Different times – different horizons

 An example of this situation can be easily found in my own research project entitled “Physiology of Human Cognition in the Scientific, Theological and Monastic Contexts of Late Antiquity”. If I were to advocate the necessity and actuality of this study, I could speak about the fascinating brain mapping theory, found in the late antique treatise On the Nature of Man, which I am going to study. Although historians of medicine have recognized that this work contains the first evidence of the theory of the ventricular localization of various physiological functions in the human brain, so far nobody has really explained how this theory could have been formulated without fMRI machines and in circumstances where medical scholars were not even permitted to dissect a human body. Captivating in its own way, this is not the chief interest of my research, because I marvel not at vague and illusive similarities between ancient and contemporary medical theories but at the apparent contrast between the scientific methodological approaches of late antiquity and those of contemporary science. The author of the treatise I study saw no fault in combining the most progressive medical theories of his time with the philosophical and theological concepts of his and previous periods. Thus, he even claimed an analogy between human and divine natures, and in building his theological theory, he heavily relied on the treatises of famous Greek physicians.

Anatomical face, Leipzig, late 19th century

I find it difficult to imagine a contemporary priest using an anatomical or pharmacological textbook in his or her preaching along with (or even more extensively than) the Bible. We all used to believe that a reasonable gap between science and humanities should be preserved in order to prevent our civilization from falling into “the chaotic alchemical obscurity of the Middle Ages”. While solid and legitimate in its own way, this methodological principle cast a shadow on the collaboration between the sciences and humanities, which meant that many of the brilliant theories which were successfully deduced from experience failed to find their way back into the life of people. The peculiar skill of combining these branches of human knowledge exemplifies one of the differences between contemporary and late antique societies. This fact inspired me to study and learn from the experience of conducting interdisciplinary research in the past.

Questions for the sake of questioning

Different disciplines complement each other not only because a historian may one day discover that their curiosity concerning ancient numerical systems has something of the rigorous interest of a contemporary mathematician, but because both scholars may be startled at recognizing various ways of looking at such a regular and stable phenomenon as a number.  Understood in a broad sense, intertextuality is an integral part of successful research, not so much because somebody can reasonably hope that all the numerous aspects of phenomena can be identified and a comprehensive explanation of them provided. To expect and strive for this result would be equal to voluntary (though perhaps unconscious) suicide, because for all the mysteries surrounding the human mind, one thing is more or less clear – it lives as long as it runs and runs as long as it lives. Therefore, there should and, hopefully, will always appear many more questions and fascinating strands to long-recognized and abundantly discussed problems. Eventually, a very practical and obvious effect of this everlasting scholarly thirst is that every generation has the right to discover our universe for the first time and to make it a comfortable and even more beautiful place for us. And this goal can be achieved only if we understand those people whose comfort and well-being we enthusiastically promote. To understand ourselves, we need to compare our society with a different one, which may well be one that lived more than a millennium before us.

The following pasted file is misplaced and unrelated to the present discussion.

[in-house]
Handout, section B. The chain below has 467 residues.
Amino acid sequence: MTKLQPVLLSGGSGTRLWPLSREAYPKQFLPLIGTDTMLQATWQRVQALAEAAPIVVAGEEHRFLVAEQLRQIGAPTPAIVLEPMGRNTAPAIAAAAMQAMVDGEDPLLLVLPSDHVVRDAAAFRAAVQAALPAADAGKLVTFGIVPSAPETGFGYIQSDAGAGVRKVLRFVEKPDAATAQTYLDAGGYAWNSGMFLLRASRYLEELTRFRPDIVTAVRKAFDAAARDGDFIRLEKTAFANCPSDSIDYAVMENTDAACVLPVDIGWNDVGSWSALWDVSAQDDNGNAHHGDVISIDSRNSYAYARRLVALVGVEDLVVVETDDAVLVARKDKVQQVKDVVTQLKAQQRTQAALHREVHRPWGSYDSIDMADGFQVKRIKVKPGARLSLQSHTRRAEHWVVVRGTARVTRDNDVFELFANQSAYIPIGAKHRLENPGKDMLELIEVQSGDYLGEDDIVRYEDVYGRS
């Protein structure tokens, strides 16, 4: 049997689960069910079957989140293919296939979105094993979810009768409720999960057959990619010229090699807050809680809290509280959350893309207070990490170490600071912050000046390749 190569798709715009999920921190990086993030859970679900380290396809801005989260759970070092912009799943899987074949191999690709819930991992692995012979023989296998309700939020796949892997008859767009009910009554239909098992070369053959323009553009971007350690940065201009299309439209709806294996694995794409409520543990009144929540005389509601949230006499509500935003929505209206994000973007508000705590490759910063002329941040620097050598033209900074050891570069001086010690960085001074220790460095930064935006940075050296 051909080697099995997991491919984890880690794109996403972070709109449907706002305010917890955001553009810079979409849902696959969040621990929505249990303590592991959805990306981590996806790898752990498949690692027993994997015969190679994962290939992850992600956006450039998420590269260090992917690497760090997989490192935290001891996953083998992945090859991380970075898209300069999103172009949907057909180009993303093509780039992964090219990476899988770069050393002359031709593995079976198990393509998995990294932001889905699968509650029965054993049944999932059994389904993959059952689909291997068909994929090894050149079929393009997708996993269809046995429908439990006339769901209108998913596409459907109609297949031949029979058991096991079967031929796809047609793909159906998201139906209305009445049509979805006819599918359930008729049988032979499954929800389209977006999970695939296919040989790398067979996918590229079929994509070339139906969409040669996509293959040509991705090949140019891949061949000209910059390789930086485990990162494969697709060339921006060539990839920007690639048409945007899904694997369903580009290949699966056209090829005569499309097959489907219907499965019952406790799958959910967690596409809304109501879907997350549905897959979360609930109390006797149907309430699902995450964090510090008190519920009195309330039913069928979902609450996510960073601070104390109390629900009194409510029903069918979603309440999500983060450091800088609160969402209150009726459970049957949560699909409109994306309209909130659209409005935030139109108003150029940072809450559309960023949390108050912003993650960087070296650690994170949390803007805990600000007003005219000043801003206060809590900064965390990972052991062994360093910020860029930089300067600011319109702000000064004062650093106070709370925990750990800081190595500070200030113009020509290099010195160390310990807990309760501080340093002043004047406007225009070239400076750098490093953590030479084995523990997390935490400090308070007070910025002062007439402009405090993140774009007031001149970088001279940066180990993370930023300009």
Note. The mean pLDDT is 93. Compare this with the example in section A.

Anna Usacheva has been working as a Core Fellow at the Helsinki Collegium for Advanced Studies since September 2018. Her research project focuses on the physiology of human cognition in the scientific, theological and monastic contexts of late antiquity.

 

 

 

”So what brought you to Finland?”

By Josephine Hoegaerts

It’s a question I have come to expect in these last two years, and one that apparently can carry any number of inflections. It comes up as people feign interest during a lull in conversation, try to overcome the awkwardness of standing next to a stranger in line to a complimentary coffee or (my favorite) as a fellow academic, half-sloshed at an end-of-conference reception and with barely hidden incredulity, wonders what could possibly have possessed me.